AUBURN, Ala.—The Auburn University College of Agriculture will launch its 2013-14 E.T. York Distinguished Lecturer series Monday, Sept. 23, when Philip Martin of the University of California, Davis delivers the fall lecture, “Agriculture and Immigration: What’s Next?” Martin will speak at 7 p.m. in the Auburn University Student Center Ballroom.
“Labor and immigration policies are of great importance in the agricultural sector,” said Paul Patterson, the college’s associate dean for instruction and chair of the York Lecturer speaker selection committee. “Alabama has enacted its own immigration laws, and immigration reform has been the topic of recent contentious debate in Washington. It’s a crucially important topic that needs to be discussed by the public and policymakers.”
Martin’s selection as guest speaker also coincides with Auburn’s 2013-14 Common Book program, which features “Nobodies: Modern American Slave Labor and the Dark Side of the New Global Economy” by award-winning journalist John Bowe.
Martin is a professor of agricultural and resource economics at UC Davis and is editor of Migration News, a publication that summarizes and analyzes the most important immigration and integration developments of the preceding quarter for regions including North America, Europe and Asia. He has served on several federal commissions and testifies frequently before Congress and is an award-winning author who works for UN agencies around the world on labor and migration issues. Martin has also studied the evolving global wine industry.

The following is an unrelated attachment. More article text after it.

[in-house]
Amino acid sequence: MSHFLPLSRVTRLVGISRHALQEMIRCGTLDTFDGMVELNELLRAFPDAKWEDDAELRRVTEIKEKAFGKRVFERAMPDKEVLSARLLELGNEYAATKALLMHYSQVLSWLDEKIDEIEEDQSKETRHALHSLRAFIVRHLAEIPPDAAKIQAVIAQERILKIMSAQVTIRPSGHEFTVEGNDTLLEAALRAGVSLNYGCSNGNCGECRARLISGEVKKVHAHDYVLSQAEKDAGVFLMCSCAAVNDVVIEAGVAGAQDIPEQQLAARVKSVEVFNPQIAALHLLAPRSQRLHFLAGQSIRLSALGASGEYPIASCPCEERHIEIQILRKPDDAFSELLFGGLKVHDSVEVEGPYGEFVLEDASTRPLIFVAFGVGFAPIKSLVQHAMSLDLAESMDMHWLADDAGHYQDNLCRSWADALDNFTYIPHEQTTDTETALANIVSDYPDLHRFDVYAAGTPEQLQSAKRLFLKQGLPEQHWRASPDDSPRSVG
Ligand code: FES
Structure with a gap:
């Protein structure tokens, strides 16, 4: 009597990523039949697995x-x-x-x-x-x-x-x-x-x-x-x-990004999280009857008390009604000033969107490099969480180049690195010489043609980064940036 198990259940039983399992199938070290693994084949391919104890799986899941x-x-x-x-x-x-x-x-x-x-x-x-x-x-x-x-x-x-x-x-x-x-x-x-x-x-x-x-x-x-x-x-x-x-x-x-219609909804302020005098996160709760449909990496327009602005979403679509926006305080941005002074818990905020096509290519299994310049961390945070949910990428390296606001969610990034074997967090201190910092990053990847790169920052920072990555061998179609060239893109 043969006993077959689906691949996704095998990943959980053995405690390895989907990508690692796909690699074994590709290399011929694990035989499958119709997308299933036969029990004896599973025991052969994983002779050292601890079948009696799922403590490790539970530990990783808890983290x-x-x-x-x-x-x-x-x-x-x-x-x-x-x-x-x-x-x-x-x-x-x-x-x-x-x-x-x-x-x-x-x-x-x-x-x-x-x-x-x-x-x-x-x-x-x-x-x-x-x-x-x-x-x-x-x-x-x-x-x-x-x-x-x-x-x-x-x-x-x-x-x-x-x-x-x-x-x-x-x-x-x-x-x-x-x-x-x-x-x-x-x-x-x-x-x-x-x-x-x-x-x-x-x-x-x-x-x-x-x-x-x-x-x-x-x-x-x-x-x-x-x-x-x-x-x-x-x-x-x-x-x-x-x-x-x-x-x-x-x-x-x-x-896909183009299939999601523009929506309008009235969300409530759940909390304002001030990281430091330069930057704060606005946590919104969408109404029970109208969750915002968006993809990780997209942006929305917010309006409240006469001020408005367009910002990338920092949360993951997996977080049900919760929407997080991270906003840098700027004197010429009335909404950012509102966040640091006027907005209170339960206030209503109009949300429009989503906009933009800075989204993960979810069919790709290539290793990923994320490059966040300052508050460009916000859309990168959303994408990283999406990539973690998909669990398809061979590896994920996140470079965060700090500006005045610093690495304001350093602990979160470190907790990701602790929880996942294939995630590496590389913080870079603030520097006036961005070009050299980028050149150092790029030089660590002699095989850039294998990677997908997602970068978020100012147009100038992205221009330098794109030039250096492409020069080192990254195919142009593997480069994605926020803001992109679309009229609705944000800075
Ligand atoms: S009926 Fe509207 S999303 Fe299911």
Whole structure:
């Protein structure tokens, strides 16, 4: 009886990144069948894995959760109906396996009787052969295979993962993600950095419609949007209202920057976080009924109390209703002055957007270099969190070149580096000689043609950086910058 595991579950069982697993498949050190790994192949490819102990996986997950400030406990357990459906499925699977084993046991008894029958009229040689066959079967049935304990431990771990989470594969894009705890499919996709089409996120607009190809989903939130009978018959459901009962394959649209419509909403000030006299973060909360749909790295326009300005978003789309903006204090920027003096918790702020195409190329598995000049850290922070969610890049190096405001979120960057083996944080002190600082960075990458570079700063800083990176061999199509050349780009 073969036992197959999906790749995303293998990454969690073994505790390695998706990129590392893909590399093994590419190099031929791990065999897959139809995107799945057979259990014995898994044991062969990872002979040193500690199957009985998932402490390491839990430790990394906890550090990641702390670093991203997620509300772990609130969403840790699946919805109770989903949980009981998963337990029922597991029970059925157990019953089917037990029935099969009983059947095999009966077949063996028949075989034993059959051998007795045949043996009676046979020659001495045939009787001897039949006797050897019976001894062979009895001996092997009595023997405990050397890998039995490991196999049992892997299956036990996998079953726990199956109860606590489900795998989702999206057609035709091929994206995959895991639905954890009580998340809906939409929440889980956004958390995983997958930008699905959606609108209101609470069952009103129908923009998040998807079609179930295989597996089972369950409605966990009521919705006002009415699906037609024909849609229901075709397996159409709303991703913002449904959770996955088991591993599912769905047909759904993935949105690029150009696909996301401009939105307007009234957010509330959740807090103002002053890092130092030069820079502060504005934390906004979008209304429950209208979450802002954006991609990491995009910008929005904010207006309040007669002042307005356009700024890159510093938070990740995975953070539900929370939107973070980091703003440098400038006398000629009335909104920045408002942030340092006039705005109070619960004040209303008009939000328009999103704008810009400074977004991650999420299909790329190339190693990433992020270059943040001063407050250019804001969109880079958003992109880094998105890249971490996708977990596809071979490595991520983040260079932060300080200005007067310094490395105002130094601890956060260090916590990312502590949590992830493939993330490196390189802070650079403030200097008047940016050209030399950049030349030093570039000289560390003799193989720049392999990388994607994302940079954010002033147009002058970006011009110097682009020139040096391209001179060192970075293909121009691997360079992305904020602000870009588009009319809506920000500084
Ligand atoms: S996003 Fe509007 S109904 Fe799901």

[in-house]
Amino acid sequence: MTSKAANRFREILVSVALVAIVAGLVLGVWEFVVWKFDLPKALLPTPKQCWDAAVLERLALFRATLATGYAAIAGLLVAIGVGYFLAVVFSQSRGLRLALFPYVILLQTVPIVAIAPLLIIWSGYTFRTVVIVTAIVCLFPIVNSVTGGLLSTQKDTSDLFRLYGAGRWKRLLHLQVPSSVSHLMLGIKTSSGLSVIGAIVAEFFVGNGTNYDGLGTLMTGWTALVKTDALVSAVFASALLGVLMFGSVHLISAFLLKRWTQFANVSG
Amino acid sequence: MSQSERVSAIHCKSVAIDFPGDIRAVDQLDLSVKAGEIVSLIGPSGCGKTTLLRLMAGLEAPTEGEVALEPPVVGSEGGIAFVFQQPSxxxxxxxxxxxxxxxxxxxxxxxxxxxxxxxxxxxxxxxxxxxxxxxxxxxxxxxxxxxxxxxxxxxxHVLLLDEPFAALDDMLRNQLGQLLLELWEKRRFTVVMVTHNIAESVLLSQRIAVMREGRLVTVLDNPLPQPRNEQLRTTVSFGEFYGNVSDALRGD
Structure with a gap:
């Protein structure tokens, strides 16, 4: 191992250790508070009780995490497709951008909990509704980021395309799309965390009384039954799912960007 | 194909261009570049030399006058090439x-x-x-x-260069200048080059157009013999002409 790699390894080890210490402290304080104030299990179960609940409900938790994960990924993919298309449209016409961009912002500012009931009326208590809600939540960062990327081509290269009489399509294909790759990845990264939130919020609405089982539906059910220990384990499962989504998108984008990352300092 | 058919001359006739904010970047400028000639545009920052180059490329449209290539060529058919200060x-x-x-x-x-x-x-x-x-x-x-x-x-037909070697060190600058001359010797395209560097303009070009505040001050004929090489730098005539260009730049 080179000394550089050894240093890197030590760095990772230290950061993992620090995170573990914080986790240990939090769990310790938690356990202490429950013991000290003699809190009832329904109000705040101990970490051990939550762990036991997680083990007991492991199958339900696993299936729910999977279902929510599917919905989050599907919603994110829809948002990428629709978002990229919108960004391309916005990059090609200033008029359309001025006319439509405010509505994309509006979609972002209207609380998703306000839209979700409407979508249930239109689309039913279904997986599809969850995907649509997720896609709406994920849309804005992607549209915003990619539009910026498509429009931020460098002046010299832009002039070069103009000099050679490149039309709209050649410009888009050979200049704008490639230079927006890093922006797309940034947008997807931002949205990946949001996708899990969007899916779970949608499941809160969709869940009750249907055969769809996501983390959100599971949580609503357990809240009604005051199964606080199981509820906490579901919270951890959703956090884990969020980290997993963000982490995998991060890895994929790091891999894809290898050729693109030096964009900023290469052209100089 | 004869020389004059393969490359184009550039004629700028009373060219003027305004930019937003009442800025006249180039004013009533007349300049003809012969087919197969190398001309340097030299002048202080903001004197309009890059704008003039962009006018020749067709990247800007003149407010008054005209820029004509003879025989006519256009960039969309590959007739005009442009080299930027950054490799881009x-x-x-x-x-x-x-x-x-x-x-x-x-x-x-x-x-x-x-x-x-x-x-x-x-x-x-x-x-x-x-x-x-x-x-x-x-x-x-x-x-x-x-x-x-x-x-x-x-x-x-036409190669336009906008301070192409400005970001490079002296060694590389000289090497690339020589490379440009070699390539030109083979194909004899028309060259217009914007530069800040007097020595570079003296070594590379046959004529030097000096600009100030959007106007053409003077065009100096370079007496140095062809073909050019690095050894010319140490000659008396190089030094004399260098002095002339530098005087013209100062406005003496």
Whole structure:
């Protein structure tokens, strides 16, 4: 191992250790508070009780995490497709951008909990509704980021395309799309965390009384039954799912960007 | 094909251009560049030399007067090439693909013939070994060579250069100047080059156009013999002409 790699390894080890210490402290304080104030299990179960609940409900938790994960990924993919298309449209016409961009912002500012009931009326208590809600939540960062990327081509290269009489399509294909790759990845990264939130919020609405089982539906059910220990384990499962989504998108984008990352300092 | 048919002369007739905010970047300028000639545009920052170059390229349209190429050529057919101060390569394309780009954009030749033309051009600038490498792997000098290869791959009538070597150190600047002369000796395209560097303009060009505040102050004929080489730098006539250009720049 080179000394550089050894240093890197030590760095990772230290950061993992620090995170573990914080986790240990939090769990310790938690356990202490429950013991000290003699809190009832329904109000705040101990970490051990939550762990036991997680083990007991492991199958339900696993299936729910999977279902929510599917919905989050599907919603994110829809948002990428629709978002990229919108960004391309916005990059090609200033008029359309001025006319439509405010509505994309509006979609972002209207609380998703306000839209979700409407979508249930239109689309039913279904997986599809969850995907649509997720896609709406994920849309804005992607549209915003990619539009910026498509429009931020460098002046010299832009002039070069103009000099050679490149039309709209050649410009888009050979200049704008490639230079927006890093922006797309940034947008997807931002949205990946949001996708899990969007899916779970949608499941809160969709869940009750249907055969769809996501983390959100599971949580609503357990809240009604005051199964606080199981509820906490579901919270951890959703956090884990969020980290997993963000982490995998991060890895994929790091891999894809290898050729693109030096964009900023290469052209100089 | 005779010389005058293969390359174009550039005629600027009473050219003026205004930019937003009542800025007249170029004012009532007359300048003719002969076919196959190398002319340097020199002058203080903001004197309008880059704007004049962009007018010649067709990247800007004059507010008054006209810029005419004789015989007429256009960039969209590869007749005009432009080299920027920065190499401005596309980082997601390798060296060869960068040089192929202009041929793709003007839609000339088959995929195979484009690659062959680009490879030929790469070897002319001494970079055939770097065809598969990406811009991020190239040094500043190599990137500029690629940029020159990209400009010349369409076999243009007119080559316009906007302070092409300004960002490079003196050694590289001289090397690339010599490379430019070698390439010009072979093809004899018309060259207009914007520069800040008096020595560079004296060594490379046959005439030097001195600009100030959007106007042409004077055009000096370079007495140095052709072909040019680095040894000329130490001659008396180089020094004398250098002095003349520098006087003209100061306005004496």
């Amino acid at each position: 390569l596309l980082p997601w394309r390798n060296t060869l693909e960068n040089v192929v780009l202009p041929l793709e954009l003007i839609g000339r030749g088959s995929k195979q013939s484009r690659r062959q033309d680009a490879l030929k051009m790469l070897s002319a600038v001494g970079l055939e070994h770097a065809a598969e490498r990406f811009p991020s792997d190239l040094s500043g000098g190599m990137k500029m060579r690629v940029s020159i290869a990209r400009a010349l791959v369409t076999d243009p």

The York Lecturer series will continue Feb. 25, 2014, with Carl Zimmer as guest speaker. Zimmer is a columnist for The New York Times, where his column, “Matter,” appears each Thursday. In his books, essays, articles, and blog posts, Zimmer reports from the frontiers of biology, where scientists are expanding our understanding of life. He is a popular speaker at universities, medical schools, museums and festivals, and he is also a guest on radio programs such as “Radiolab” and “This American Life.”
The York Lecturer series is free and open to the public. For more information on the Sept. 23 lecture, contact Megan Ross at 334-833-3201 or firstname.lastname@example.org.